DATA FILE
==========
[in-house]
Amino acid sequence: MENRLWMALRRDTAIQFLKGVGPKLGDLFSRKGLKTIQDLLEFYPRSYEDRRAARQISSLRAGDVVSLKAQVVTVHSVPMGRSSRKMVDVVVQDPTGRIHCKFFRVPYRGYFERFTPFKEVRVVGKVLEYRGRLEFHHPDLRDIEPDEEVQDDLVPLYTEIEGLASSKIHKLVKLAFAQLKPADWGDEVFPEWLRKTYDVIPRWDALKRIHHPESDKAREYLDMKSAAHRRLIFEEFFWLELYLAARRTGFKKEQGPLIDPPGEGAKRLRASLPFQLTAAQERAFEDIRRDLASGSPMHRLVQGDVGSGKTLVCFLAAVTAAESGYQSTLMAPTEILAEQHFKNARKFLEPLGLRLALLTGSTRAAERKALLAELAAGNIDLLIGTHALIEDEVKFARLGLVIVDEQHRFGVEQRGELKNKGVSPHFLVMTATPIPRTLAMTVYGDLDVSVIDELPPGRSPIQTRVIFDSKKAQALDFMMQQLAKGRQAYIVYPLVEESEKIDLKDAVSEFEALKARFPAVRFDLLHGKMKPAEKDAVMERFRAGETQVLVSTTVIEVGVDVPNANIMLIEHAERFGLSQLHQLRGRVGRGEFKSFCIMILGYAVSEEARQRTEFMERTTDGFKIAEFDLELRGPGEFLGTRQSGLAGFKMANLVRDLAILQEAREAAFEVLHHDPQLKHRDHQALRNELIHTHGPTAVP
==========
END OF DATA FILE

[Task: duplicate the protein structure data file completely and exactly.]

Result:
[in-house]
Amino acid sequence: MENRLWMALRRDTAIQFLKGVGPKLGDLFSRKGLKTIQDLLEFYPRSYEDRRAARQISSLRAGDVVSLKAQVVTVHSVPMGRSSRKMVDVVVQDPTGRIHCKFFRVPYRGYFERFTPFKEVRVVGKVLEYRGRLEFHHPDLRDIEPDEEVQDDLVPLYTEIEGLASSKIHKLVKLAFAQLKPADWGDEVFPEWLRKTYDVIPRWDALKRIHHPESDKAREYLDMKSAAHRRLIFEEFFWLELYLAARRTGFKKEQGPLIDPPGEGAKRLRASLPFQLTAAQERAFEDIRRDLASGSPMHRLVQGDVGSGKTLVCFLAAVTAAESGYQSTLMAPTEILAEQHFKNARKFLEPLGLRLALLTGSTRAAERKALLAELAAGNIDLLIGTHALIEDEVKFARLGLVIVDEQHRFGVEQRGELKNKGVSPHFLVMTATPIPRTLAMTVYGDLDVSVIDELPPGRSPIQTRVIFDSKKAQALDFMMQQLAKGRQAYIVYPLVEESEKIDLKDAVSEFEALKARFPAVRFDLLHGKMKPAEKDAVMERFRAGETQVLVSTTVIEVGVDVPNANIMLIEHAERFGLSQLHQLRGRVGRGEFKSFCIMILGYAVSEEARQRTEFMERTTDGFKIAEFDLELRGPGEFLGTRQSGLAGFKMANLVRDLAILQEAREAAFEVLHHDPQLKHRDHQALRNELIHTHGPTAVP